Tips for Preventing Workplace Violence

Tips for Preventing Workplace Violence

Talking about violence in the workplace can be an uncomfortable process. But it is also unavoidable if you want to do all you can to eliminate the threat of violence from your practice.

Why not approach employee reluctance to talk about violence head-on? Here are seven common expressions of resistance, along with reasons why the discussion is necessary:

group of people sitting beside rectangular wooden table with laptops

1. All this violent business is a waste of time; you can never predict when a person is going to "flip out."

In fact, in most cases, there are warning signs. The key is to try to take action before problems escalate. Co-workers are often the people in the best position to observe inappropriate behaviors.

2. My personal problems are my own business and not the company's business.

If there is a potential for violence on company premises, it is the company's business. Also, violent people often do seek their victims out at work. Even if the victim has left home and changed addresses, the violent person knows where he or she is during the workday.

3. My workspace is right by the back door. It's too annoying to park in the back and then walk all the way around to the front to get into the building, and then walk all the way to the back. So we rigged the alarm and found ourselves a key so we can slip through the back door in the morning and get right to work.

It's easy to understand why people think this way, but it is a dangerous way to be. Unfortunately, in many organizations, although effective security measures have been installed, employees circumvent the systems, leaving the premises exposed.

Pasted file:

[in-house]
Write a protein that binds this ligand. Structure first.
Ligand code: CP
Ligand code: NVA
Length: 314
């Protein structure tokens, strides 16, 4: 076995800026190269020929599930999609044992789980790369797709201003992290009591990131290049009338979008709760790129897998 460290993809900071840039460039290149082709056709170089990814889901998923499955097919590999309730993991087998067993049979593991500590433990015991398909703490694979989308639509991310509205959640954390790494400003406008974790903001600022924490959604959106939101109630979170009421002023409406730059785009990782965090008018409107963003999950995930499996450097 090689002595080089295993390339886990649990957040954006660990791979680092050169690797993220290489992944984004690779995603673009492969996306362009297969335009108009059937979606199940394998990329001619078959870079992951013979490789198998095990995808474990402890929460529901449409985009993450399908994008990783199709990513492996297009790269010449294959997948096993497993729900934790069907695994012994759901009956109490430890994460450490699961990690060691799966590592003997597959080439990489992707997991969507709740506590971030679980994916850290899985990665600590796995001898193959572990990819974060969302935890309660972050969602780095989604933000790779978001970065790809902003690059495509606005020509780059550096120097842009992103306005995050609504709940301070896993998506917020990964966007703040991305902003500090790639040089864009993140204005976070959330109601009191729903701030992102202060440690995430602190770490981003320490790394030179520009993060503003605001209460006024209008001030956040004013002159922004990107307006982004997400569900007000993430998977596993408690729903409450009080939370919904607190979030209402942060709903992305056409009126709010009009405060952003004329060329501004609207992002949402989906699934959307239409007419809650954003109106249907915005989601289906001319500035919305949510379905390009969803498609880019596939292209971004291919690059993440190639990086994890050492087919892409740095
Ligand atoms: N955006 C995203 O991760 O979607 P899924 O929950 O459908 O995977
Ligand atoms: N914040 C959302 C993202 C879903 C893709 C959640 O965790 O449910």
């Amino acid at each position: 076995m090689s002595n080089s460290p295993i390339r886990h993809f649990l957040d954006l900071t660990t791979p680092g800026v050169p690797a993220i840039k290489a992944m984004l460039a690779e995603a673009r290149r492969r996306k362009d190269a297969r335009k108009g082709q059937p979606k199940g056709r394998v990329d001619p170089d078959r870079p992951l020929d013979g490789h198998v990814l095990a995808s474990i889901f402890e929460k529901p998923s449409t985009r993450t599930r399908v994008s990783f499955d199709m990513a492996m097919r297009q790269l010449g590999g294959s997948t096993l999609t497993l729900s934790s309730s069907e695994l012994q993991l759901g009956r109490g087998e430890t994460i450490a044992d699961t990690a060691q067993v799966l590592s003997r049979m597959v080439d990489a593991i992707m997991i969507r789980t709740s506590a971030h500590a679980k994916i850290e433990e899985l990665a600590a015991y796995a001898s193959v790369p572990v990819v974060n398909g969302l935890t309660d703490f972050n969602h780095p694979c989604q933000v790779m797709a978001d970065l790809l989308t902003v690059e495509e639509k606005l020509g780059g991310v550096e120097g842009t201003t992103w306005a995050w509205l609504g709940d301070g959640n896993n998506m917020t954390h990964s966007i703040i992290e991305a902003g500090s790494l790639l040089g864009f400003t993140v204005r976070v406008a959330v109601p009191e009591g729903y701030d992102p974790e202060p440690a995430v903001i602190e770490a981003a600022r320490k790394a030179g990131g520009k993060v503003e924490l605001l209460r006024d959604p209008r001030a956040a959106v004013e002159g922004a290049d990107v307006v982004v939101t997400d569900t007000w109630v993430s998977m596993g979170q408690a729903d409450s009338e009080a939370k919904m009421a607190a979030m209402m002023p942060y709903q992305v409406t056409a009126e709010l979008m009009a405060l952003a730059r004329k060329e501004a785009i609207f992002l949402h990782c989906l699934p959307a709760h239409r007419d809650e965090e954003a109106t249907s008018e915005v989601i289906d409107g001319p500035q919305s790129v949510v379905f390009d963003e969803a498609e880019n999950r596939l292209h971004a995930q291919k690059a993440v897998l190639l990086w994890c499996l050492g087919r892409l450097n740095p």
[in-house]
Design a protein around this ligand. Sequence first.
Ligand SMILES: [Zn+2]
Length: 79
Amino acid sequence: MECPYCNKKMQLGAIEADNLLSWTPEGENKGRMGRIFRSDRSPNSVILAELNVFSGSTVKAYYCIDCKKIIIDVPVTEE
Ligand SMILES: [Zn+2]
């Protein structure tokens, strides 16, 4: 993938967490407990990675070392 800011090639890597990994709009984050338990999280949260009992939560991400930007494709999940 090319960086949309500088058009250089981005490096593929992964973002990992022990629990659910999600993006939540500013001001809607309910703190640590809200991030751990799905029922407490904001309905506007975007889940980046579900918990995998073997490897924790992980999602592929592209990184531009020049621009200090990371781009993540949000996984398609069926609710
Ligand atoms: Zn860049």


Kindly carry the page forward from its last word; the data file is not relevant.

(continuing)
4. Jim has started to get a little weird at work. He's always talking about guns and shooting. Yesterday, he said if management messed with him, he'd get them. It's a little worrisome. If it gets much worse, I'll have to talk to someone about it.

Now is the time to talk to management. Don't hope it will get better or go away.

5. Since OSHA doesn't have a violence standard, at least we don't have to worry about the government being after us if there is a violent episode.

It's true that OSHA doesn't have a standard directed specifically toward violence in the workplace. However, OSHA does have its General Duty Clause, which says that employers have an obligation to provide a safe workplace, and that includes a workplace free from violence.

6. Sheila has been kind of wild the last few weeks. She goes into her office and throws things, and she rants at her people. I expect she'll calm down soon. I hope so, we're not getting too much done.

Now is the time to address this behavior. Will it get worse or better? You don't know, but you can't take a chance. Furthermore, you do know that the behavior is interfering with productivity, and that gives you an excellent way to approach the person.

7. Terry is getting angrier and angrier at Alex. Terry has good reasons for disliking Alex, both at work and outside work. Yesterday, Terry shouted, "Alex if you pull that one more time, you and your family are going to regret it."

In many organizations, the policy specifically states that threats will be taken as real. You've reached a dangerous situation here, and it must be dealt with strongly and immediately. Don't let anyone get away with saying, "Oh, relax, I was just kidding."

Use these scenarios to drive home the point about taking violence in the workplace seriously. You can also take each scenario in turn as a lead-in to talking about the specific potential violence concerns presented in each case, as well as the precautions employees can take to prevent the violence.